Bloom Phoenix
UnitedMMC.org
Bloom Phoenix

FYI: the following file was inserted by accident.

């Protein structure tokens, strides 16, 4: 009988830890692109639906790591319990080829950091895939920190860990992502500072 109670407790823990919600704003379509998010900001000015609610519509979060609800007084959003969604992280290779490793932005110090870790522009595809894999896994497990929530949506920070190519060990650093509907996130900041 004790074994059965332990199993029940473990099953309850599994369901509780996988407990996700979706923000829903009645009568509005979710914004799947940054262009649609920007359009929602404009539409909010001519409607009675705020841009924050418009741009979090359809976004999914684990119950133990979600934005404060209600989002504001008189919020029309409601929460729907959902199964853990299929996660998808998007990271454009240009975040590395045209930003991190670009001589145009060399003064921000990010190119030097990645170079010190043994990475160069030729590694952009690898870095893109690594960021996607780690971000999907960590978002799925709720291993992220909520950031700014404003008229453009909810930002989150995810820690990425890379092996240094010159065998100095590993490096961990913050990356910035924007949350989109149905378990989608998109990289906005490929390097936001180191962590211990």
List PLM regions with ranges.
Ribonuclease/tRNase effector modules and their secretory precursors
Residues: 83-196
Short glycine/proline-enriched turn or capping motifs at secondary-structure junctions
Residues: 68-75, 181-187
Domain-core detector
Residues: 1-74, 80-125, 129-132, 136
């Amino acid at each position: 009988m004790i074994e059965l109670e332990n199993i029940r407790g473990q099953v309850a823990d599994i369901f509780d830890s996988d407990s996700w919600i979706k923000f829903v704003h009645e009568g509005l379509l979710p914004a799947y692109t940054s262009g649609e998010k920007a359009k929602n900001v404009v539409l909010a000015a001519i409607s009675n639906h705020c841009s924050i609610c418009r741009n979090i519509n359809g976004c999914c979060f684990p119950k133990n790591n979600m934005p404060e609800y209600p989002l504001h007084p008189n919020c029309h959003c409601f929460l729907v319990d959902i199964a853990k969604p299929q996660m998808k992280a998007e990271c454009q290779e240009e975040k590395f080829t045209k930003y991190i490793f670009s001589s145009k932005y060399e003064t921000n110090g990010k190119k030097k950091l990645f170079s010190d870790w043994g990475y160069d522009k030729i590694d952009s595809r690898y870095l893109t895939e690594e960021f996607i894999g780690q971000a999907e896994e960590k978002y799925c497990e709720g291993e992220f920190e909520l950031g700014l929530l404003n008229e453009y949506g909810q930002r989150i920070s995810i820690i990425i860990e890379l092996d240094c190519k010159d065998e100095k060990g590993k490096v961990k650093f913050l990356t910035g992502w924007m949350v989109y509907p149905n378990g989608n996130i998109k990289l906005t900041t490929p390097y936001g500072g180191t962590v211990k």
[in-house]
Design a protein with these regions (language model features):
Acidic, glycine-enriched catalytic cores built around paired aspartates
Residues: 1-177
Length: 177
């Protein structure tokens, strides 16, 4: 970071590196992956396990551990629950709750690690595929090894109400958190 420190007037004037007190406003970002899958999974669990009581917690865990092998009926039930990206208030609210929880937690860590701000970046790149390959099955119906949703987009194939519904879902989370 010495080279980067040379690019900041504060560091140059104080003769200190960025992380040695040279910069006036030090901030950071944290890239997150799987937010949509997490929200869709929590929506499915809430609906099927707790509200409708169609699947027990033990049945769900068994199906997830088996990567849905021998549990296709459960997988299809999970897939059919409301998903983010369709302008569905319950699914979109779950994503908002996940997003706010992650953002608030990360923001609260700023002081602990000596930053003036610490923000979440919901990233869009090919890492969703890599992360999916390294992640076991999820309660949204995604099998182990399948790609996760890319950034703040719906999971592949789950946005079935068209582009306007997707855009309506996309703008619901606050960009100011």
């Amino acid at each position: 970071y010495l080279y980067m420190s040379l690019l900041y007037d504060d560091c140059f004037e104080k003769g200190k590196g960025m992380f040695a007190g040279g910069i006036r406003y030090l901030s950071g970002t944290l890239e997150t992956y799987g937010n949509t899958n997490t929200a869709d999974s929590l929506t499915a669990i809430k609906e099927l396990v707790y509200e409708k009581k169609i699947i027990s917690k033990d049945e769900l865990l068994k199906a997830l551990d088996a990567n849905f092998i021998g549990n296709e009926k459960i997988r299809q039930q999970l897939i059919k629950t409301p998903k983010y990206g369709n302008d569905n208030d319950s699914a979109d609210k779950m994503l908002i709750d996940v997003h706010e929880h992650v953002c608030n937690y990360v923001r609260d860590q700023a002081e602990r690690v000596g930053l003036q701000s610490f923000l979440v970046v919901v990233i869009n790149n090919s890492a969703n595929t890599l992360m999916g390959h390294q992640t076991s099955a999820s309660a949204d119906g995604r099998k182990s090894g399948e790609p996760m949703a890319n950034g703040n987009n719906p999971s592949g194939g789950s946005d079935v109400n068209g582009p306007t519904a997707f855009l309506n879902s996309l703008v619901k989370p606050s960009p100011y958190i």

Some medical-marijuana dispensaries have nicer showrooms. Some get you to the cash register quicker. But Bloom has something most others don't: quality cannabis on the cheap. The typical price for an ounce of decent weed at Bloom these days is $185, which can be substantially less expensive than other outlets. It's difficult to compare strains at different dispensaries, because the products with the same name often aren't grown from the same crops. But for many strains, only a purist or connoisseur could tell the difference between one premium sativa or indica versus another. An ounce of good-looking, high-THC buds might cost you $250 or even $350 at dispensaries that claim their product is much better. Bloom's concentrates are cheaper, too, with a half-gram of shatter usually going for $20 instead of $25 or more. Yes, you can find good deals or discounts occasionally at other places, and it's good to shop around because cannabis prices everywhere in Arizona are falling. But Bloom's lower prices have been a consistent feature of the dispensary for the past few years, which is very cool. Paying $100 less for an ounce of indica or sativa at Bloom will surely help your pain, or whatever else ails you, because you'll have money left over in your pocket. If you're a frequent flier, cost is probably your biggest concern. So go to Bloom, and be less concerned.